Zynga founder and CEO Mark Pincus spoke at the Fortune Brainstorm Tech conference this morning, where he addressed some of the negative talk about the social gaming giant.
First of all, Pincus said he didn’t regret the timing of Zynga’s IPO, even though the company’s stock is now trading at well below its IPO price. However, Pincus said it’s hard to think of a big consumer brand that was able to stay private, so he knew he’d have to go public at some point. In fact, he said that with so many employees and stakeholders, Zynga started trying to act like a public company well before the actual IPO.
“We didn’t spend a lot of time trying to figure out the timing,” Pincus said — instead, the timing was decided by when it could “organically” fit in with the company’s other plans, while also meeting the deadline imposed by by SEC disclosure rules. “I don’t think about regret for things that were always on my path and not really in my control.”
Fortune’s Adam Lashinsky, who was interviewing Pincus, asked if morale was suffering because employee stock options are currently underwater. Pincus first countered by saying that since Zynga uses restricted stock options, they’re not technically underwater. More generally, he said that what keeps people at a company should be an attraction to the mission, so if there are employees who are unhappy because they’re not getting a quick financial return, “You hope they find another opportunity.” That doesn’t mean Pincus doesn’t care about morale, but he said raising morale is more about connecting that larger mission with “what you’re doing next week.”
The company’s dependence on Facebook is widely seen as one of the big reasons for investor antipathy, so Pincus talked about broadening to other platforms and also widening its revenue streams. He said Zynga has been willing to build games for “anywhere that social gaming could exist” — it just happens that Facebook is where that kind of gaming has taken off to to stratospheric heights. The next big boost will come from mobile, Pincus said — and with 22 million daily active users, the company is the largest mobile gaming network today.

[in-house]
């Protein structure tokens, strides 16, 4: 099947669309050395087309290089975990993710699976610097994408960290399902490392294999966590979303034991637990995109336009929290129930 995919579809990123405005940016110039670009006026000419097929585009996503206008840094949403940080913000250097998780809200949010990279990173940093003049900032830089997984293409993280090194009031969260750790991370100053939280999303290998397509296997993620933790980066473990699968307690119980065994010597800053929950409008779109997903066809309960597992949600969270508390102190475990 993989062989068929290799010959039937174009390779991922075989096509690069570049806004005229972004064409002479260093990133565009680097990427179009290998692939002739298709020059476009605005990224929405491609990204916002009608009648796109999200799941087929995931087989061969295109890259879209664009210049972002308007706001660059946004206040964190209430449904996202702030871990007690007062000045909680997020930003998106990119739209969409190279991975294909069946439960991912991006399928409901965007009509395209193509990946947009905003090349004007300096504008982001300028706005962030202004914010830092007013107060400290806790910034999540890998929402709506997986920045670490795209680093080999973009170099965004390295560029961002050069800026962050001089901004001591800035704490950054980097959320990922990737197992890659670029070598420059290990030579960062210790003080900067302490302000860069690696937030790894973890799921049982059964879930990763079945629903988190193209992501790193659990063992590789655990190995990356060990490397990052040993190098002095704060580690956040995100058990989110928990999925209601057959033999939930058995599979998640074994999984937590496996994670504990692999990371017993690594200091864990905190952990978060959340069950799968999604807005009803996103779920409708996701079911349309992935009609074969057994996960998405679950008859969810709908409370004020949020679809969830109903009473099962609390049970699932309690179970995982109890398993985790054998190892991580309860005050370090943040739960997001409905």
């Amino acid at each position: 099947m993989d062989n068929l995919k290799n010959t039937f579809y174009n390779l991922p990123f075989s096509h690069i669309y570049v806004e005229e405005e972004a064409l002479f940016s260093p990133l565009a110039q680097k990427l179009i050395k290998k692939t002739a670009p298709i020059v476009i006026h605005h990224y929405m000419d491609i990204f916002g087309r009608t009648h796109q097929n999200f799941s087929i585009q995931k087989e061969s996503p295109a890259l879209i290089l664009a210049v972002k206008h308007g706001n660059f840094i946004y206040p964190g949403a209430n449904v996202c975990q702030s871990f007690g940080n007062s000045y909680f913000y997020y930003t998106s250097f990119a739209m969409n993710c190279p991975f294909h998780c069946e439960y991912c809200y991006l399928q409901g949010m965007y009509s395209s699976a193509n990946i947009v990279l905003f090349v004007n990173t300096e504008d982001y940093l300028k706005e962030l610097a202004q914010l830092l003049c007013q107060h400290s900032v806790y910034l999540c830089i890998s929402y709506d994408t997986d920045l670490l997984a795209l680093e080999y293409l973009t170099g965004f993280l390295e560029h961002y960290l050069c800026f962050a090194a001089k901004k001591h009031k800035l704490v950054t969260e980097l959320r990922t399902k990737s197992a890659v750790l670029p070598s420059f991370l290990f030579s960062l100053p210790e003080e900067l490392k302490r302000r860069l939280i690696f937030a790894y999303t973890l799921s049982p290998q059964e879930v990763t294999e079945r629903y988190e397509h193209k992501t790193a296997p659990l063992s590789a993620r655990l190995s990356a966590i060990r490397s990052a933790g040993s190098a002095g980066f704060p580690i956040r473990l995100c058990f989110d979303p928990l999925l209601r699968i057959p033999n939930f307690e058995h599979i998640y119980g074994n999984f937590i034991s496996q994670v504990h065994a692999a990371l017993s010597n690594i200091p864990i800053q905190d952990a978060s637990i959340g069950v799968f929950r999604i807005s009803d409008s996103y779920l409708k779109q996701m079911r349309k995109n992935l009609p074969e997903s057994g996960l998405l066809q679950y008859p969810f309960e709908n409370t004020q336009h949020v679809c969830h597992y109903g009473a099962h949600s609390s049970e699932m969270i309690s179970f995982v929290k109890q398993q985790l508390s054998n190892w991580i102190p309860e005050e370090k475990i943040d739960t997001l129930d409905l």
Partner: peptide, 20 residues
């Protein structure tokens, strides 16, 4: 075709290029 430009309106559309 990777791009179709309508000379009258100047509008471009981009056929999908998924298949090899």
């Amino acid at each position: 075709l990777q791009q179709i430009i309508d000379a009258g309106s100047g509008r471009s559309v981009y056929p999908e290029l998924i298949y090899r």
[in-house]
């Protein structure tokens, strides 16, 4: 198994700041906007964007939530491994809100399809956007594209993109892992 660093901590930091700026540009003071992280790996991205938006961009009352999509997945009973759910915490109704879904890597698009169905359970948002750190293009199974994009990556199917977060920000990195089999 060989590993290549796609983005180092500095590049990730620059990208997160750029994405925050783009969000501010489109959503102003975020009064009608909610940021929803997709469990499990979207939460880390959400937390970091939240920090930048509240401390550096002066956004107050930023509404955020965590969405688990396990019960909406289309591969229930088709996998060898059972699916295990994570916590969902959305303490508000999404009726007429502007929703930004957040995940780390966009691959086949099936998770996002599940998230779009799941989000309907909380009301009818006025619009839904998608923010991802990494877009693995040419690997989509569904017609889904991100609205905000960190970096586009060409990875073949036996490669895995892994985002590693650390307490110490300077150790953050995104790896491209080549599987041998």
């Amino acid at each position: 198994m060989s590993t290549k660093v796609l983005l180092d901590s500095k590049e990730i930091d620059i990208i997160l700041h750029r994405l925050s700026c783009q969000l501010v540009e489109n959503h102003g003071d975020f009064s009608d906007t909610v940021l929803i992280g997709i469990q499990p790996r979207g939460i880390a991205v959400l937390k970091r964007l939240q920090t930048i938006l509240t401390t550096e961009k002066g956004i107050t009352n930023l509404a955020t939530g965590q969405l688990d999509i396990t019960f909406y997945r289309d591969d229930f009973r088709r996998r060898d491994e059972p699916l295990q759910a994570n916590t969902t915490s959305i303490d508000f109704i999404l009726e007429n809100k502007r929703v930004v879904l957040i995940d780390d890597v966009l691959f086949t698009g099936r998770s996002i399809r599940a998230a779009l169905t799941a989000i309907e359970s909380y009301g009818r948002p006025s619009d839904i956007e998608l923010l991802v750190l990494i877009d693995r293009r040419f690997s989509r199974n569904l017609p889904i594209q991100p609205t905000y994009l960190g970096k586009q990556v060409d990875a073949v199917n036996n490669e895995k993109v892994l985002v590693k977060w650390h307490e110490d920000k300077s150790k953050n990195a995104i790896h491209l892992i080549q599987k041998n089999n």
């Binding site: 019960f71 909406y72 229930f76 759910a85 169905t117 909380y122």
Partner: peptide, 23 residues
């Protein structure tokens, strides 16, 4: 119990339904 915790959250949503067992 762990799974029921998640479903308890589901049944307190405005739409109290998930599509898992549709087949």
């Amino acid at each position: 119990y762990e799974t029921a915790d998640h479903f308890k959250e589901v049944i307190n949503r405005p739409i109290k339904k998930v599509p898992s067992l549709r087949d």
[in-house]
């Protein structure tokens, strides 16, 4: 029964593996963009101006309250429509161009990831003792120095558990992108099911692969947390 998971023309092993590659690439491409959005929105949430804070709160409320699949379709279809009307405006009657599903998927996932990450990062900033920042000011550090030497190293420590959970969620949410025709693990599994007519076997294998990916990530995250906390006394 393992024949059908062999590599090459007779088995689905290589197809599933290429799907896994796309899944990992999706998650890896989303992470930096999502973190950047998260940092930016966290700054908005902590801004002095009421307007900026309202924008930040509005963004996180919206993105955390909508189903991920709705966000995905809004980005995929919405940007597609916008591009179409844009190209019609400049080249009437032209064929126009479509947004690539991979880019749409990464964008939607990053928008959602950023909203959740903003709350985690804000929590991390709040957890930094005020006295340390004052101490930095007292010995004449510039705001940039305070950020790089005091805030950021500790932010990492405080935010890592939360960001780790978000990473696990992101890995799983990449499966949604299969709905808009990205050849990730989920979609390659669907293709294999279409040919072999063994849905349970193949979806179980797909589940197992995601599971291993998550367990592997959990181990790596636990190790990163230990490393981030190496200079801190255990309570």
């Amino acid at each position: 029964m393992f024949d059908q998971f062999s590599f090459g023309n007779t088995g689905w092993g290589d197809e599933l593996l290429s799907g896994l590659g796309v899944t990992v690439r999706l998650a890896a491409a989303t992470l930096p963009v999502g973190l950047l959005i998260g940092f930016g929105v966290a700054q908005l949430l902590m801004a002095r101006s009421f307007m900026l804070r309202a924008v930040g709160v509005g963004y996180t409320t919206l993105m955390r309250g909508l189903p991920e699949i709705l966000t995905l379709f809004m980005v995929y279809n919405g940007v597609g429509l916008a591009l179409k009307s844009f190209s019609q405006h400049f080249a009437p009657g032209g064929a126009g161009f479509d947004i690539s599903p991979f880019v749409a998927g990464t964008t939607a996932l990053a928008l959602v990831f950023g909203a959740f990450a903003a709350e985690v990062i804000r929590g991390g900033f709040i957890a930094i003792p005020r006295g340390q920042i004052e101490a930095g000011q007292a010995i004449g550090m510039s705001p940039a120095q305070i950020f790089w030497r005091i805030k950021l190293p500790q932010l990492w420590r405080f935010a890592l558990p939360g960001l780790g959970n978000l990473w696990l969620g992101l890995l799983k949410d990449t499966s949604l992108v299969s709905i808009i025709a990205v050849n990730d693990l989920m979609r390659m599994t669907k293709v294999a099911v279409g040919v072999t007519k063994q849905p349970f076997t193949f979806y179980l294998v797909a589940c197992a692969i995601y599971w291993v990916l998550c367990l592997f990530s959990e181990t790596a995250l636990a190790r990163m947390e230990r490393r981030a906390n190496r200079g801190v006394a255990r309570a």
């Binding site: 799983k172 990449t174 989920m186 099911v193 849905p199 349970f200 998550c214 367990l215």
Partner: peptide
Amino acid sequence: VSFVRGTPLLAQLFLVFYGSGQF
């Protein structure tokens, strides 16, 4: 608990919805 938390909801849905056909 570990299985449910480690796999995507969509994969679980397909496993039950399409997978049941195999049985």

He added that mobile, advertising, and real-money gaming (i.e., legalized gambling) are all areas where he expects to see revenue growth. On the last point, Pincus said there’s “a good chance” that online gambling will be legalized in some form, but he warned, “I am not a good predictor of politics.”
There has also been criticism of Zynga’s acquisition of OMGPOP, maker of the popular Draw Something app. Usage of Draw Something has been dropping — does that mean Zynga overpaid? Pincus said “it’s too early to call it after one quarter.” Similar its acquisition of Words With Friends, Zynga bought OMGPOP in the hope of investing in it over the next five years.
“We thought that these could be mass consumer brands and core experiences that we could build off of for the next decade,” Pincus said. “We didn’t in either case buy them for what we thought they’d do in the next two quarters afterwards.”